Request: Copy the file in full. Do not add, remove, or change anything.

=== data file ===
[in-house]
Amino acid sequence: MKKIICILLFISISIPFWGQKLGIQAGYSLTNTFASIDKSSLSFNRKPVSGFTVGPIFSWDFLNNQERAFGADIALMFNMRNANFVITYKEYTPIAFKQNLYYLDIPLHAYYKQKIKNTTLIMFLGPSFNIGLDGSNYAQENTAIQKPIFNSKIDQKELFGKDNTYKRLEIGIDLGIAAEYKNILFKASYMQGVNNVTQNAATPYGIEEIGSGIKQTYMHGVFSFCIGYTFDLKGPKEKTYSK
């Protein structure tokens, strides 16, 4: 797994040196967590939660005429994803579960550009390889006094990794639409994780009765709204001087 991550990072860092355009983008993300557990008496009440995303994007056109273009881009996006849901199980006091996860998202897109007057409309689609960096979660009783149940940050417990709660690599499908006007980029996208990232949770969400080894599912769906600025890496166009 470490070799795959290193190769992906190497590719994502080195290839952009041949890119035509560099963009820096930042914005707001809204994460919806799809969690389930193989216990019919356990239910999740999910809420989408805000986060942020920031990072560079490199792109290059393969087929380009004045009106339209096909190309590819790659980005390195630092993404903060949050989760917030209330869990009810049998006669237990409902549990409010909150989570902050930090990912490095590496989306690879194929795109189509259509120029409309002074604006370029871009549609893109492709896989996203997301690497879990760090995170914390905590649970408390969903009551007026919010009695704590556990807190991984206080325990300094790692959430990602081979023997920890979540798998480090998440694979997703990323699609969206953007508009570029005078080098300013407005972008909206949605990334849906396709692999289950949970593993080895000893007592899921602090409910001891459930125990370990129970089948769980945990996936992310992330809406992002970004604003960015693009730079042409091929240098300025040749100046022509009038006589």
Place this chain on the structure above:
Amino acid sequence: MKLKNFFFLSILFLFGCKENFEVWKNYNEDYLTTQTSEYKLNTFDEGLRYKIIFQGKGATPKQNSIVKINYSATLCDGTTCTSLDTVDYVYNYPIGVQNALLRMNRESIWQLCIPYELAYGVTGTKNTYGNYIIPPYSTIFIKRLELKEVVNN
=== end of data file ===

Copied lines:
[in-house]
Amino acid sequence: MKKIICILLFISISIPFWGQKLGIQAGYSLTNTFASIDKSSLSFNRKPVSGFTVGPIFSWDFLNNQERAFGADIALMFNMRNANFVITYKEYTPIAFKQNLYYLDIPLHAYYKQKIKNTTLIMFLGPSFNIGLDGSNYAQENTAIQKPIFNSKIDQKELFGKDNTYKRLEIGIDLGIAAEYKNILFKASYMQGVNNVTQNAATPYGIEEIGSGIKQTYMHGVFSFCIGYTFDLKGPKEKTYSK
């Protein structure tokens, strides 16, 4: 797994040196967590939660005429994803579960550009390889006094990794639409994780009765709204001087 991550990072860092355009983008993300557990008496009440995303994007056109273009881009996006849901199980006091996860998202897109007057409309689609960096979660009783149940940050417990709660690599499908006007980029996208990232949770969400080894599912769906600025890496166009 470490070799795959290193190769992906190497590719994502080195290839952009041949890119035509560099963009820096930042914005707001809204994460919806799809969690389930193989216990019919356990239910999740999910809420989408805000986060942020920031990072560079490199792109290059393969087929380009004045009106339209096909190309590819790659980005390195630092993404903060949050989760917030209330869990009810049998006669237990409902549990409010909150989570902050930090990912490095590496989306690879194929795109189509259509120029409309002074604006370029871009549609893109492709896989996203997301690497879990760090995170914390905590649970408390969903009551007026919010009695704590556990807190991984206080325990300094790692959430990602081979023997920890979540798998480090998440694979997703990323699609969206953007508009570029005078080098300013407005972008909206949605990334849906396709692999289950949970593993080895000893007592899921602090409910001891459930125990370990129970089948769980945990996936992310992330809406992002970004604003960015693009730079042409091929240098300025040749100046022509009038006589």
Place this chain on the structure above:
Amino acid sequence: MKLKNFFFLSILFLFGCKENFEVWKNYNEDYLTTQTSEYKLNTFDEGLRYKIIFQGKGATPKQNSIVKINYSATLCDGTTCTSLDTVDYVYNYPIGVQNALLRMNRESIWQLCIPYELAYGVTGTKNTYGNYIIPPYSTIFIKRLELKEVVNN